This year I finally found the time and motivation to make the trip.

After a few hours driving south on I-5 from the Bay Area through a completely flat landscape bordered by alternating lush agriculture, sun-baked scrub, and an occasional view of the massive California Aquaduct bringing water from north to south, I exited at Buttonwillow to follow Highway 58 to the west. This is California's oil country (California is the third largest oil producing state in the U.S.), so the land immediately west of I-5 is pockmarked by extraction rigs, tanks, and other equipment. The first few miles of Highway 58 are not very inspiring.

Landscape between I-5 and McKittrick


After about 15 miles of the dry scrub, the vegetation starts becoming much greener. The road winds through steep grass-covered hills that are dotted with yellow, purple and greenish-white wildflowers. It is a spectacular drive, made even better by the oil-field and desert scrub prelude (it is most likely far less appealing in later summer after most green things have been withered by the intense heat and aridity).

Wildflowers on hillside along Highway 58


After about 30 minutes of the winding road, a steep descent brought me to the northern tip of a long flat valley. The ground has sparse vegetation, punctuated by patches of orange flowers that hug the earth.

The northern part of the plain

Hardly a Plain Plain
A few miles down Seven Mile Road, a left on Soda Lake Road, and I finally reached my destination. The plain is vast -- 15 miles by 5 miles in size -- and ringed by mountains.


One of the highlights of the plain is an enormous soda lake. The photo below shows the lake in the dry season -- it's a massive field of salt (sodium chloride and sodium sulfate). In the rainy season the lake is filled with water and visited by birds that feed on the shrimp and other creatures that somehow survive the dry season.

The soda lake


On the second day I took a hike along the main trail in the park, the Caliente Ridge trail. The trail goes along the mountains on the western side of the park, passing through fields of purple wildflowers and providing views of the mountains to the west and plain to the east. Although the drive to the trailhead is somewhat nerve-wracking -- it's an unpaved single-lane road with many steep sections and blind turns that climbs two thousand feet -- the trail itself is wide and relatively flat.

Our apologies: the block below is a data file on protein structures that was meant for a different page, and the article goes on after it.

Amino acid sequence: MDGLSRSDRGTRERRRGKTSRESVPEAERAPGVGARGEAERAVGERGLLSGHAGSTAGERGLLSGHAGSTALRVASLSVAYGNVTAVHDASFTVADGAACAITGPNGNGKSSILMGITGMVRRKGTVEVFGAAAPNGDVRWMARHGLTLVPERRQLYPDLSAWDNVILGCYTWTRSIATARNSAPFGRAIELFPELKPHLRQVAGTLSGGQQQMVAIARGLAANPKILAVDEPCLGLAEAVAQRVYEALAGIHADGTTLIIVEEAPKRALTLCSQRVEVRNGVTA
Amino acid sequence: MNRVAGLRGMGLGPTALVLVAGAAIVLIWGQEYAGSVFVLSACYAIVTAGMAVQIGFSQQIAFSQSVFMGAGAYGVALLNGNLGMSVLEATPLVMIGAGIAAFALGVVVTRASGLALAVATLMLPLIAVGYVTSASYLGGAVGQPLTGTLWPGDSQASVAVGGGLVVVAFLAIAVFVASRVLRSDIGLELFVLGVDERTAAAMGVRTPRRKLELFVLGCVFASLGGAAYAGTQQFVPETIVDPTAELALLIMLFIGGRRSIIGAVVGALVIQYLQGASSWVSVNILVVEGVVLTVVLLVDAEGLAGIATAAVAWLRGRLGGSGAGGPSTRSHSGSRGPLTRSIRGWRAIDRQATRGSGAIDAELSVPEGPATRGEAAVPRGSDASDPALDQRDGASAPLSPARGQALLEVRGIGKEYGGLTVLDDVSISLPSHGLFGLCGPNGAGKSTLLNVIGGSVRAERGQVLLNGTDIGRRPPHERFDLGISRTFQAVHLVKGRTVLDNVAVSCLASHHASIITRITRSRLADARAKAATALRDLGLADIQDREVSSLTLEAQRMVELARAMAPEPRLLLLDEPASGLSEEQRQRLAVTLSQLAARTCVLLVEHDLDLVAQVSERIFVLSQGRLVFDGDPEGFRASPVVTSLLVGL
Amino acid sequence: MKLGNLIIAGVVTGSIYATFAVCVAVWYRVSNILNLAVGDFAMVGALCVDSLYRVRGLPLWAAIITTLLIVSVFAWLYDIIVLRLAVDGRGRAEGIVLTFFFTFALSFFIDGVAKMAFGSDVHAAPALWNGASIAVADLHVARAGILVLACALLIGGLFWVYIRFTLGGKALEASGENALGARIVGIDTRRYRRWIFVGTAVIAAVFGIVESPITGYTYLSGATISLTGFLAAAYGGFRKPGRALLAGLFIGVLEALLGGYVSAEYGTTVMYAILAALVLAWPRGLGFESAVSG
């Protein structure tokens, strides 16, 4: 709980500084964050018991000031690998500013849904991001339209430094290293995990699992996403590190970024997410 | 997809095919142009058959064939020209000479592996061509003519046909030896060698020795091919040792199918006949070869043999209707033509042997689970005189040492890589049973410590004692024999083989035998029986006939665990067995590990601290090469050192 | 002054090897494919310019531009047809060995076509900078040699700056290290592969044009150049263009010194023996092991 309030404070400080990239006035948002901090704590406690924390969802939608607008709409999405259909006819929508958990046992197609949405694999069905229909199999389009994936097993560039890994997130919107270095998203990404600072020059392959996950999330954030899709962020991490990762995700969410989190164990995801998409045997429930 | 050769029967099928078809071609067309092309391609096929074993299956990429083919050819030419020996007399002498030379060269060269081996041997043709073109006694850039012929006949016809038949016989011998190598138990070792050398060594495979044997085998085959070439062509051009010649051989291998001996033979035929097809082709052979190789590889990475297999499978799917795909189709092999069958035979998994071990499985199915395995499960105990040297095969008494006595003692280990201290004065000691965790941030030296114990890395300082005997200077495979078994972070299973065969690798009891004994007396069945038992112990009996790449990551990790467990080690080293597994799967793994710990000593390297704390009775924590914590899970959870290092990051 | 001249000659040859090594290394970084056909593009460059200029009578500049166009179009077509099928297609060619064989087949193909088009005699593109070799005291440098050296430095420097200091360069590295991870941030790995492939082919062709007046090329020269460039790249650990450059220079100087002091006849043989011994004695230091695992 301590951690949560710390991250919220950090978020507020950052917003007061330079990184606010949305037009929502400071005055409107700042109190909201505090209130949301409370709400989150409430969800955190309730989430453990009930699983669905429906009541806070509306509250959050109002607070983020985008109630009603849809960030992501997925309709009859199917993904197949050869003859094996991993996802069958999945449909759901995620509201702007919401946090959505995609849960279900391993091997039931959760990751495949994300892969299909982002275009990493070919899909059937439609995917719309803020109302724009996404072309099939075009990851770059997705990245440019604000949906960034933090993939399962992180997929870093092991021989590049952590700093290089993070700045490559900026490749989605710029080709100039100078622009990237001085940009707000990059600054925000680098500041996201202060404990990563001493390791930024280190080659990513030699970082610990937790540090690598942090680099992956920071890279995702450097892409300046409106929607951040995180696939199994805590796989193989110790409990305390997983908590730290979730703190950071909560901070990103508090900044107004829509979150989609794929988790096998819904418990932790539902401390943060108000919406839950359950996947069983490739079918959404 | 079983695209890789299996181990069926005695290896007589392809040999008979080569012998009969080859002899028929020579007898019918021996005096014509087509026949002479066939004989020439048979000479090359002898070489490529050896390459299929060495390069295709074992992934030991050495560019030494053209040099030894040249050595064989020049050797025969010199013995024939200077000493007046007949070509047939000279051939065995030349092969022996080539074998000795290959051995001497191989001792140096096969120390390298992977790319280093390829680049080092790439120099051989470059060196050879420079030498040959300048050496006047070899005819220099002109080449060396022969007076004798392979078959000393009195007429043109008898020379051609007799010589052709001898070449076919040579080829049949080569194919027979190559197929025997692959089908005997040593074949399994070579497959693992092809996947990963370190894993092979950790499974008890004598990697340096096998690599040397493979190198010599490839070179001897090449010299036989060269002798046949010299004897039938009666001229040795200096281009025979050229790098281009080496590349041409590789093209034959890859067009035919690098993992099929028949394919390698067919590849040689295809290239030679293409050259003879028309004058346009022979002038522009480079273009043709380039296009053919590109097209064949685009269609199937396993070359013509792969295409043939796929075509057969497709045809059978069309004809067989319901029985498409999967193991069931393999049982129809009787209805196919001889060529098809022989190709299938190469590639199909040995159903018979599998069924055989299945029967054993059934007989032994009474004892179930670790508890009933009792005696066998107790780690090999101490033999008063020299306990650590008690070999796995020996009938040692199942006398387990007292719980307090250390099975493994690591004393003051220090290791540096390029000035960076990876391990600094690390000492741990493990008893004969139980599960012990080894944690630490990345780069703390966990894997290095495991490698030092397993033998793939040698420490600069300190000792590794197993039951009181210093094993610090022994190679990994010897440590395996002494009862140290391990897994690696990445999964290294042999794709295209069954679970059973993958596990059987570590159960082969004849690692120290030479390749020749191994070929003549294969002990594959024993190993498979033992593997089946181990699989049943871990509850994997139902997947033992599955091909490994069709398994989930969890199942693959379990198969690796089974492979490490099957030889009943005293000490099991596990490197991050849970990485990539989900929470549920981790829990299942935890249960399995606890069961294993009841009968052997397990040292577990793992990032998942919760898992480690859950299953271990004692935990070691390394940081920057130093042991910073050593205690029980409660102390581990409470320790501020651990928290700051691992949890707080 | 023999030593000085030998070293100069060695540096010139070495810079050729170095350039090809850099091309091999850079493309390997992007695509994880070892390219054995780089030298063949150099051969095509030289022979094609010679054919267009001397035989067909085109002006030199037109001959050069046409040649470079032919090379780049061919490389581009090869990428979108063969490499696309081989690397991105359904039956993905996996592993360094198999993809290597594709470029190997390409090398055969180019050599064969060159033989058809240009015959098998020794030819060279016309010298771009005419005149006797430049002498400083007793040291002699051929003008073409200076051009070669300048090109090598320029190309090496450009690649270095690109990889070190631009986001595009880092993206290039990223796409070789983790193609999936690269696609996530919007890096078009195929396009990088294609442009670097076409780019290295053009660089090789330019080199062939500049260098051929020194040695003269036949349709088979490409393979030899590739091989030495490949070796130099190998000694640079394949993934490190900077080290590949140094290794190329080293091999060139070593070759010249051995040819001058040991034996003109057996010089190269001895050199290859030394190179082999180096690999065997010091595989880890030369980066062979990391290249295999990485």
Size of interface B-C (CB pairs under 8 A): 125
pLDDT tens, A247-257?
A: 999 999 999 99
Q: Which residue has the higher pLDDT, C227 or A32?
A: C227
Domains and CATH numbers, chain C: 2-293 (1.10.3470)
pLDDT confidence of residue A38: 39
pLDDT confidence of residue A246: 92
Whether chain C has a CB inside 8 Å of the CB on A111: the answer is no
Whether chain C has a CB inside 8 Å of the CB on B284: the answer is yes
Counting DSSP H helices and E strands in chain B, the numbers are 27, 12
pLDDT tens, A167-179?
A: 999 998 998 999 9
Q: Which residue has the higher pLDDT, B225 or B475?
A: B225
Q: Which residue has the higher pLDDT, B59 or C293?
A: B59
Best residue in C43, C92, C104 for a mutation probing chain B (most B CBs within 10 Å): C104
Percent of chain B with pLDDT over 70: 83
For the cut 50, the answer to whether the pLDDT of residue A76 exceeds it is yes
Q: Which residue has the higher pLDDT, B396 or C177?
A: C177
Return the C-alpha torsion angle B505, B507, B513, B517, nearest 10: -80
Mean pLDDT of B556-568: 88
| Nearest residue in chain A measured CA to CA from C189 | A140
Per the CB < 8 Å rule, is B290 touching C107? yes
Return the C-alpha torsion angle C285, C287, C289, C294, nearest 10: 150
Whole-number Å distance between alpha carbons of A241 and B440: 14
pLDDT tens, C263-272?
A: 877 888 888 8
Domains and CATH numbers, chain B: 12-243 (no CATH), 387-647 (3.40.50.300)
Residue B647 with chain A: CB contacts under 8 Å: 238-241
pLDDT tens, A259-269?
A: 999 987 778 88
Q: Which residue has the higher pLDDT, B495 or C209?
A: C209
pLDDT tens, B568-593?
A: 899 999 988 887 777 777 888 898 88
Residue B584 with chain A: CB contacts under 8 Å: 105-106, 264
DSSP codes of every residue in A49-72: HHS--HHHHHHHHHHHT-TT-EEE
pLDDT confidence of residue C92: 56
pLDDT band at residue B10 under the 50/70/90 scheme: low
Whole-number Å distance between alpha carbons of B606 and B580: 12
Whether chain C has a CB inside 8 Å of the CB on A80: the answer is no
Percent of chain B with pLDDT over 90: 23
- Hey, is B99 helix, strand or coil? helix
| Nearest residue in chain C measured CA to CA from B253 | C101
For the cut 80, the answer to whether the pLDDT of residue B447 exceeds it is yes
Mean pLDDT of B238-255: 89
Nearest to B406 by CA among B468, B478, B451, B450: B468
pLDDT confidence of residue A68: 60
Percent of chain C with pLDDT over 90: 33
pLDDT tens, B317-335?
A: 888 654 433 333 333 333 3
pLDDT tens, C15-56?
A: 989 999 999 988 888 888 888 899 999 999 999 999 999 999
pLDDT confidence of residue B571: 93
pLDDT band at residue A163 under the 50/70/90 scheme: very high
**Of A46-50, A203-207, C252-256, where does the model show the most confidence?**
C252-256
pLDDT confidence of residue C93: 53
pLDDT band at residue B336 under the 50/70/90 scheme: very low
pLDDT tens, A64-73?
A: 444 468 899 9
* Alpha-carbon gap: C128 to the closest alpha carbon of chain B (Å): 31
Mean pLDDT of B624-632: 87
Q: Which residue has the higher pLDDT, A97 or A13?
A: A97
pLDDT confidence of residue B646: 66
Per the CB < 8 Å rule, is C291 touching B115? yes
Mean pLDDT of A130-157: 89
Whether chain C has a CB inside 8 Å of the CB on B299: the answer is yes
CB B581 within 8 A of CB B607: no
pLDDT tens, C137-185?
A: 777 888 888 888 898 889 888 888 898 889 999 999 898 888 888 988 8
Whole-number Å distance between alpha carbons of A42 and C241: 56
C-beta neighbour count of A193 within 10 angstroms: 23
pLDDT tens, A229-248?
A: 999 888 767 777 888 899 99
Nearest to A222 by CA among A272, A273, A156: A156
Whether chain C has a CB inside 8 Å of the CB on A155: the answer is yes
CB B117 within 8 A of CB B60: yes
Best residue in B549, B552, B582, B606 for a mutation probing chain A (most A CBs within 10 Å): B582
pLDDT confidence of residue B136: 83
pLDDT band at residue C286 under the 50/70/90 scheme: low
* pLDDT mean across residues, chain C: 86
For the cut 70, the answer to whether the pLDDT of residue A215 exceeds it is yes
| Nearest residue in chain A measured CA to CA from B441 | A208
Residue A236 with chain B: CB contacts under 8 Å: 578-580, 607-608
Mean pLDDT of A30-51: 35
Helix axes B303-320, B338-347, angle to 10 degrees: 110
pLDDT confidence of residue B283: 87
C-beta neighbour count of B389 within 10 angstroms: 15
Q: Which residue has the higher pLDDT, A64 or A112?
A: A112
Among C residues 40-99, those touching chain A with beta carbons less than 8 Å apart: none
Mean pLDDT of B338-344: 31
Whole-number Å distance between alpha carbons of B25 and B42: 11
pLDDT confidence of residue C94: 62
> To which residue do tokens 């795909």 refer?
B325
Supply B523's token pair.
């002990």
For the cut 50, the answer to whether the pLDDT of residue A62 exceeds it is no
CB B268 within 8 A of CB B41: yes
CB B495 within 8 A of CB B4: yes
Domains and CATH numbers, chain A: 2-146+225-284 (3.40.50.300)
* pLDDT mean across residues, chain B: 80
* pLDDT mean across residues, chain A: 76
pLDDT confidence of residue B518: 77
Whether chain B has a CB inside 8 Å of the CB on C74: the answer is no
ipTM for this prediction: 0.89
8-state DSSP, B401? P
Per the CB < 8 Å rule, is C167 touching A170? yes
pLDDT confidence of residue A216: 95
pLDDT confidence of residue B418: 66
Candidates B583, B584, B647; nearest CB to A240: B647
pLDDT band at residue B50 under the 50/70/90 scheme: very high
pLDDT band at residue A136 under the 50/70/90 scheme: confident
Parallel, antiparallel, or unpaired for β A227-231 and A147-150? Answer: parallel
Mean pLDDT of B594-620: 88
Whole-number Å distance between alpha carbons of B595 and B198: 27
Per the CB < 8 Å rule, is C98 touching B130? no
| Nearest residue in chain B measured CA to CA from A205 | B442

Wildflowers and view from Caliente Ridge Trail

Examining California's Fault
One of the notable features of the Carrizo Plain is that the San Andreas Fault passes along the eastern edge of the plain. There aren't dramatic gashes in the land from the fault -- it makes itself known in subtle ways like the path of the Wallace Creek. An educational trail starts from Elkhorn Road at the northern end of the park and provides a dramatic view of the fault's power.

The photo below shows the current path of the creek as a dotted blue line.


The zig-zag in the creek's path is a result of movement along the San Andreas Fault. The land on the left side of the fault is on the Pacific Plate, the land on the right side is on the North American Plate. Because the Pacific Plate is slowing moving north (a few inches per year), part of the creek is carried north.


If the fault was not there, the creek would follow a path similar to the green line in the photo below.


The annotated photo below shows everything at one time: the current path of the creek (blue lines), the path of the creek if the fault was not there (green line), and the approximate position of the fault. You can read more about the fault at the Bureau of Land Management or Wikipedia.




Summing Up and More Photos
All in all, I found the Carrizo Plain to be a wonderful place. It is so far from anywhere that you can experience the sounds of nature without disturbance -- the song of a meadowlark, the fingers of wind rustling through the tall grass. Visually, it is one of the few places I have been that offers such long views across a flat landscape. And being so close to the San Andreas fault is a somewhat novel feeling. I hope I can visit the Plain again someday.

You can see more photos of the area in my Carrizo Plain photoset on Flickr.



Random link from the archive: Unusual Greens, Part 4 - Purslane

Technorati tags: California : Travel